Exercise in Exchange for Protection Against Losing Financial Incentives

Tuesday, June 25, 2019: 11:00 AM
Taft - Mezzanine Level (Marriott Wardman Park Hotel)

Presenter: Jason Doctor

Co-Authors: Daniella Meeker; Tara Knight; Patra Childress; Elmar Aliyev;

Discussant: Marisa Carlos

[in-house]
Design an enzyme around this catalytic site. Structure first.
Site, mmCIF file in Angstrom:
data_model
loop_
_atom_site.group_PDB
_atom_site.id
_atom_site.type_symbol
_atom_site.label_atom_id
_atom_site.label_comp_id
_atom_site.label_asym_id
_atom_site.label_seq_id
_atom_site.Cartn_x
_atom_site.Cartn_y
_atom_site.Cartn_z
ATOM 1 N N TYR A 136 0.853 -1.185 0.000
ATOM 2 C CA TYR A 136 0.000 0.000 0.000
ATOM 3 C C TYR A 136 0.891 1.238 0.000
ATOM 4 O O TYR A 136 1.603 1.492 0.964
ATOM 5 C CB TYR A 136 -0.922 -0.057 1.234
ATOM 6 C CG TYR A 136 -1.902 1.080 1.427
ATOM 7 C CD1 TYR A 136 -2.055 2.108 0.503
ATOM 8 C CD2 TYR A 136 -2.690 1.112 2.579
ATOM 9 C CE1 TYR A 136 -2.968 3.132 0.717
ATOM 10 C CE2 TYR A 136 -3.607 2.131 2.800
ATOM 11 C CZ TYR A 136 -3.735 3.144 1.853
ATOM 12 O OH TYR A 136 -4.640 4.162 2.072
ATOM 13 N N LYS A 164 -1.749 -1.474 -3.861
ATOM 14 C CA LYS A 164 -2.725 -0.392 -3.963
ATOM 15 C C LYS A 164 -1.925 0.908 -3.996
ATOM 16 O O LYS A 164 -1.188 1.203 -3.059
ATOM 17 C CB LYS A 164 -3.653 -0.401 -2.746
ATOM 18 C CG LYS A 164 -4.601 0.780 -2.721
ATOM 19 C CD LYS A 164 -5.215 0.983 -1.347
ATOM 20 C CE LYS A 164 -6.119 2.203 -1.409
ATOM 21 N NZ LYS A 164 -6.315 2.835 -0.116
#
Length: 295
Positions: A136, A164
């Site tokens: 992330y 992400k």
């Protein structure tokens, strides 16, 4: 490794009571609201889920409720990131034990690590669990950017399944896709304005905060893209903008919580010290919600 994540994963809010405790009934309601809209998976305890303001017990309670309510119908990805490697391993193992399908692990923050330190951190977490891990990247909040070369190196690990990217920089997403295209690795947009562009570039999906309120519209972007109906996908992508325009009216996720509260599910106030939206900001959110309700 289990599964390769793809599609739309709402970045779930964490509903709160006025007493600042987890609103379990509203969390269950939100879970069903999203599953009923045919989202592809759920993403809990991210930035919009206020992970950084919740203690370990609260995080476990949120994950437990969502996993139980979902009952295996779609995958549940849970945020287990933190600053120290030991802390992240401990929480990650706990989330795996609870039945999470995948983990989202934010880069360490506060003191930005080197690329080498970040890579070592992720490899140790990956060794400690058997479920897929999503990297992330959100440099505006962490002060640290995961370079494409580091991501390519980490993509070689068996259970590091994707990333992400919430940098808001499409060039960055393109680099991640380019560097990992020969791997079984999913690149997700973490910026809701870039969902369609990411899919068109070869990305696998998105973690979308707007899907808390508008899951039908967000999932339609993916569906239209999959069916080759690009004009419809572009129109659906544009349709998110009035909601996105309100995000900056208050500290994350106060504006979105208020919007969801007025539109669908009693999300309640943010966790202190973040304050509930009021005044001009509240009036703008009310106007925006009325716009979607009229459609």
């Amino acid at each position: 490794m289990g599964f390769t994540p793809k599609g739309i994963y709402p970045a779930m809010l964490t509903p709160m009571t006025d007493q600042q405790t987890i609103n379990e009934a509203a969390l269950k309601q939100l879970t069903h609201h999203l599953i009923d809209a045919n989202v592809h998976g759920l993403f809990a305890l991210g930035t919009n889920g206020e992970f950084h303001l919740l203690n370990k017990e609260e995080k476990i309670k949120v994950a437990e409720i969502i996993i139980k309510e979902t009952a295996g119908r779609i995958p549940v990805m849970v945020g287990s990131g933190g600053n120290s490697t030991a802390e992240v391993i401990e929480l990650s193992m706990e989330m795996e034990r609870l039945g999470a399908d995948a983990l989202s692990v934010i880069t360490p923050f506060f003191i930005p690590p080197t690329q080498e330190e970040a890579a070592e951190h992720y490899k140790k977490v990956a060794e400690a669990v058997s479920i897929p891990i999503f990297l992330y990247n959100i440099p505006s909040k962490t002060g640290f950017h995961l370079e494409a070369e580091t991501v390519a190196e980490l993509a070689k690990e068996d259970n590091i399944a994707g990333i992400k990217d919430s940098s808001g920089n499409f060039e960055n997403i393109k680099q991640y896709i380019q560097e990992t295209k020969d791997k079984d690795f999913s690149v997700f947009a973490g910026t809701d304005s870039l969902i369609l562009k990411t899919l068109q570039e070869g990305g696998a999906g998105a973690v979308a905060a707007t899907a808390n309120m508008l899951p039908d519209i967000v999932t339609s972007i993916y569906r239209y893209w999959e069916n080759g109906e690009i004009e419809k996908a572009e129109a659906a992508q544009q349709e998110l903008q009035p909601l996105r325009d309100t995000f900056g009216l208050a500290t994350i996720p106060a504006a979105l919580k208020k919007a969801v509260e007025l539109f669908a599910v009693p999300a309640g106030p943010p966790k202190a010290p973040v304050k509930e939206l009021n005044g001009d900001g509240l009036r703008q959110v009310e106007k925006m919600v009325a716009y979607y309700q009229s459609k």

Financial-incentive programs for exercise motivate by either placing deposits at risk or by issuing cash payments. Looming losses better motivate, while cash programs enjoy higher enrollment. We combine positive features of each with “loss protection”: A person exchanges exercise for a cash reward she has a small chance of not receiving the following week; later that week, she may protect against losing the reward with additional exercise. In a health system serving low-income patients that offered exercise classes by physician referral, we randomly assigned 79 patients to a 12-week class series offering “loss protection” and 74 patients to a control series offering independent rewards in the same expected monetary value. Classes were held twice a week. Both groups received lottery vouchers in exchange for exercise after the first—and either loss protection or a fixed-value voucher in the amount of the insurance after the second—class of the week. Mean relative frequency of attended days was 55.5% (95% CI, 53.2% to 57.8%) for controls and 64.8% (95% CI, 62.6% to 67.0%) for loss protection. In adjusted analyses, loss protection participants had greater mean relative frequency of attended days (adjusted difference, 15.5% [95% CI, 0.2% to 31.2%]; p<0.05) and lower attrition than controls. A bi-weekly exercise program over 12 weeks incorporating loss protection resulted in more exercise than a program with equal expected payments. Incentives of the same monetary value had different behavioral effects in encouraging exercise.